As in Iraq, the U.S. faces a ballooning prison population. But Golden writes, this is contrary to plan. Surely some skepticism is warranted on this prong as well. The military are quite expert in implementing plans. What we have here is really a clash between two plans—the real one, and the one held out as window dressing for the folks from the Red Cross and from Congress. The real plan bespeaks a lack of confidence in the Afghan legal and prison system and ultimately in the Afghan Government. Understandably that is not something that Ms. Hodgkinson or other Pentagon talking heads want to drag out.
Golden’s survey is admirably thorough, and he hits the right notes. But I am mystified at the New York Times editors who give this piece an inexplicably stupid headline, “Defying U.S. Plans, Prison Expands in Afghanistan.” In fact, I imagine that if the public affairs office had to put a caption on the piece, this is exactly what they would come up with. “We really want to do the right thing, honestly,” it says, “just somehow things never quite work out the way we intended.” This is not journalism, it is the art of apology. This is one of a number of times recently where I’ve come away from a Times article and found myself wondering whether the headline writer actually read the article?
A couple of other points in this article fall just a bit short. One is the dynamic between the United States and the Afghanistan government over detainee affairs. There has been a good deal more friction than Golden lets on to in his piece, though for obvious reasons both sides are keen to keep this out of the press. Senior figures in the Karzai administration have been concerned about the size of the prison population, the conditions maintained there, the treatment of prisoners, and the reconciliation of the U.S. detention program to the Afghan Government’s own amnesty and reconciliation efforts. The Afghan Government is interested in locking up persons who present an imminent security threat and also reaching reconciliation with clans and groups that sit in the no-man’s land between government and Taliban sympathies. The U.S. seems to support the first policy very aggressively, but not the second. Perhaps indeed they are undermining the second. They may actually be dealing a setback to the Afghan Government in its reconciliation efforts.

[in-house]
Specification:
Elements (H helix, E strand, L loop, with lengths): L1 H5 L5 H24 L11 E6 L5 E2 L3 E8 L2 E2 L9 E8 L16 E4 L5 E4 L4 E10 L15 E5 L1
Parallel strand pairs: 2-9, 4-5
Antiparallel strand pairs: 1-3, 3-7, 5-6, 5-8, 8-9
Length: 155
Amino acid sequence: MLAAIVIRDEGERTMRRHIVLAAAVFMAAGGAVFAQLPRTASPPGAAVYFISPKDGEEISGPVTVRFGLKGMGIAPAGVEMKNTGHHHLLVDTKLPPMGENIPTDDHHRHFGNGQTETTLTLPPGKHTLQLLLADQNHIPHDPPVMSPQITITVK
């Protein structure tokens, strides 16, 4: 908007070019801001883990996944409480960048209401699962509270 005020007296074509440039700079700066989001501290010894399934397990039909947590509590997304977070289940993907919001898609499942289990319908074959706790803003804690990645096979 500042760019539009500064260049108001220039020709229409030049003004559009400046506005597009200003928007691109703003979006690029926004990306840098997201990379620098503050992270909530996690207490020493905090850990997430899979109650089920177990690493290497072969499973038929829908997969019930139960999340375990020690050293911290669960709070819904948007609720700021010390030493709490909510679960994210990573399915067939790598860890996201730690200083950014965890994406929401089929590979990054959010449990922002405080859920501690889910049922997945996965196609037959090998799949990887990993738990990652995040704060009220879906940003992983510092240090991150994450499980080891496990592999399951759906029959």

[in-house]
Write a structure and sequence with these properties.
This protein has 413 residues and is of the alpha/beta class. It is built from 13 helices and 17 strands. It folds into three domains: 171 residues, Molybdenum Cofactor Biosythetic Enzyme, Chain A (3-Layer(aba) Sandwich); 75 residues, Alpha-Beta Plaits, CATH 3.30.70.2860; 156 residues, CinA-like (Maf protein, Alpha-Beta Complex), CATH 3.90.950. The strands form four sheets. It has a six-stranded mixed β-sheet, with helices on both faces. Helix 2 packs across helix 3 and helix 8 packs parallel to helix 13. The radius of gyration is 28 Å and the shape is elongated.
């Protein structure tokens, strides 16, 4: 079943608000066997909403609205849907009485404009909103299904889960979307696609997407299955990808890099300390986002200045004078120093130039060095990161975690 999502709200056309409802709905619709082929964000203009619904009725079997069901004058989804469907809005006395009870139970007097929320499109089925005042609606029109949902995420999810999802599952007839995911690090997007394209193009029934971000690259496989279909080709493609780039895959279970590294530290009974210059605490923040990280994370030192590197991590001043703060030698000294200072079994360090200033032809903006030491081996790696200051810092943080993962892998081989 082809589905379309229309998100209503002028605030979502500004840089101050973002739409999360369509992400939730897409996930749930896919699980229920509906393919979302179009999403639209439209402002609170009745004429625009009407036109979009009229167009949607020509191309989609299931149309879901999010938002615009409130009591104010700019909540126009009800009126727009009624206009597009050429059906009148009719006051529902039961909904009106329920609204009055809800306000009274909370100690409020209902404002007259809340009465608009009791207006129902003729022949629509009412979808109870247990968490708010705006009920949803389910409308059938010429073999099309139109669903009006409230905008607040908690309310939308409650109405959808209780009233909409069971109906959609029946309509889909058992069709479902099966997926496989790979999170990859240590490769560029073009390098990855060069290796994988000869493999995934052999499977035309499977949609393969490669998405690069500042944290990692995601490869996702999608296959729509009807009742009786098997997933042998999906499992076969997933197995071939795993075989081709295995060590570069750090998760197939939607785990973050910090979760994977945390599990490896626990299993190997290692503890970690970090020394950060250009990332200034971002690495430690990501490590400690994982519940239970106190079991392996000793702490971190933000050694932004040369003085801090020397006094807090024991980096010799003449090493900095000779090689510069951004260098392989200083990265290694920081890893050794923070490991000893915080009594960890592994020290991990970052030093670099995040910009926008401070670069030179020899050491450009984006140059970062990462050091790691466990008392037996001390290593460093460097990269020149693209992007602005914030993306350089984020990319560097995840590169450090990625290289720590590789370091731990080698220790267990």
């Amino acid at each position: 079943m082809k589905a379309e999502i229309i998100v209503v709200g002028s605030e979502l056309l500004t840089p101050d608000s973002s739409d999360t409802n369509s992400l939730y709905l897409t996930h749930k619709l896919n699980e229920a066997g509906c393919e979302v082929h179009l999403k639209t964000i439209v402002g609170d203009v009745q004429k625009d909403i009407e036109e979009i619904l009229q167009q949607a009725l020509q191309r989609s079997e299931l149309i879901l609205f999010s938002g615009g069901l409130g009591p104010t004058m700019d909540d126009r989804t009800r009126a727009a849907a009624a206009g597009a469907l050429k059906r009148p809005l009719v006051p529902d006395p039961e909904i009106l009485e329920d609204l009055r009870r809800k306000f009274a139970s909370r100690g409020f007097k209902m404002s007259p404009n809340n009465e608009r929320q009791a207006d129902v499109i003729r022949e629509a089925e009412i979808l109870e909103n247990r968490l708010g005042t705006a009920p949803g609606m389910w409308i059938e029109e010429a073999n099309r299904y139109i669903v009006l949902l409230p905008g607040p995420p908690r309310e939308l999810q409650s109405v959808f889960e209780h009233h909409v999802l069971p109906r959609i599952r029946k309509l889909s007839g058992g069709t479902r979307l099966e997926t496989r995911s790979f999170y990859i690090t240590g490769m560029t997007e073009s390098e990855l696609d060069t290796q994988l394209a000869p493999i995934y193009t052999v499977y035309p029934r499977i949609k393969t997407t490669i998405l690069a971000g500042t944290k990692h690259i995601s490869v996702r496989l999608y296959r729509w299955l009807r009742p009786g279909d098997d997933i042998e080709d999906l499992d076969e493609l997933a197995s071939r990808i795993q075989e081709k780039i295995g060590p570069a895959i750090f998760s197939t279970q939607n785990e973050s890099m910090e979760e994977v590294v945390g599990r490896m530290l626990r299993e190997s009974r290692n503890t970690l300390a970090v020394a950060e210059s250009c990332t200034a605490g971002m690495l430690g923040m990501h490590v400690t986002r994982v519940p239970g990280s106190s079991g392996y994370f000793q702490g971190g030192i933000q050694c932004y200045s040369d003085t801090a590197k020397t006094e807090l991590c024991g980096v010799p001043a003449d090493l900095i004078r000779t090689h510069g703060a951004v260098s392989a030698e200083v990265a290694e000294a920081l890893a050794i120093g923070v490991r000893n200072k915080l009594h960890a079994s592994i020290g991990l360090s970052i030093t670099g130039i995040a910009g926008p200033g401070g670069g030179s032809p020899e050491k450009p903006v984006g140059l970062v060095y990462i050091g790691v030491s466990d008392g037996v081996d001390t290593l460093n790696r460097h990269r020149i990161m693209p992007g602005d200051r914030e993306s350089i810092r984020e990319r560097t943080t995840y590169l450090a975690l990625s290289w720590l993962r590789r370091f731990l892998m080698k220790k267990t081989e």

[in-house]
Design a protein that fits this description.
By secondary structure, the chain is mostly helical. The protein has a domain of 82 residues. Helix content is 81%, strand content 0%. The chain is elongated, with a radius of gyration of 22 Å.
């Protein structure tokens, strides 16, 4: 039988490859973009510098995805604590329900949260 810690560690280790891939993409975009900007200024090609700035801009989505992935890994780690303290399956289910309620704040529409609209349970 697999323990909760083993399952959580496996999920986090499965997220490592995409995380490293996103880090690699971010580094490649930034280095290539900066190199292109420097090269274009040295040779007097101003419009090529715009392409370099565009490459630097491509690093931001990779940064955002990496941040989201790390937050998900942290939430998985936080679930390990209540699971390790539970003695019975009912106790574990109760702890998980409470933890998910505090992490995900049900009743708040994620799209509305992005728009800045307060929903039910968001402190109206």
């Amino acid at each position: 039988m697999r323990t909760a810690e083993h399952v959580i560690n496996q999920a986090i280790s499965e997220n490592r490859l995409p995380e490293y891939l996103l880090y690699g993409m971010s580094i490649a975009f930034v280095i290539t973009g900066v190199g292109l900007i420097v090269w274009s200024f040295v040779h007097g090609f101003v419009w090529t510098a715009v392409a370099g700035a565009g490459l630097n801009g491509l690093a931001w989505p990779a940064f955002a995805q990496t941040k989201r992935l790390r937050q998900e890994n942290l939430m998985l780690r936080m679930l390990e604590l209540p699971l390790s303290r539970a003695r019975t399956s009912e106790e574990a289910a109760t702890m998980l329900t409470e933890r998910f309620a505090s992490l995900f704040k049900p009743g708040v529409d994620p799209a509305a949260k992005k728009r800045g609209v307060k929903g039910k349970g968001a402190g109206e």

Another point not really explored at all, but quite significant, is the way the U.S. Government’s detention policies in Afghanistan complicate relations with our NATO allies. The U.S. approach had been to buildup in Afghanistan through an increased presence from NATO allies. Setting up and running prisons is an important part of the operations. However, America’s NATO allies uniformly are concerned about collaborating with a U.S. detention program which violates the law. In fact most had committed not to handle detentions if there was any prospect that their detainees might come under American custody. This has made coordination of detention policy into a nightmare for the Karzai Government and has provided a strong reason for NATO allies to refuse increased support levels.
Nevertheless, Golden’s article is an important contribution on a vital topic. The effort in Afghanistan is seriously in trouble, and this piece is essential to understanding how it’s gone off the tracks.
The Crop Eradication Program
In the meantime, the Bush Administration is gearing up to push through a massive crop eradication program in Afghanistan targeting the country’s opium poppy crop. Why exactly? The experts within the Administration are close to unanimity that this would be an extremely foolish step, that it would undermine the position of the Karzai Government and would essentially operate as a recruitment campaign for the Taliban. The Karzai Government is in trouble already–its political position within the country continues to weaken, and the hand of violent opponents, led by the Taliban, has been steadily strengthened. So why is the Bush Administration doing something that the Karzai Government doesn’t want and which may even prove to be the straw that broke the camel’s back?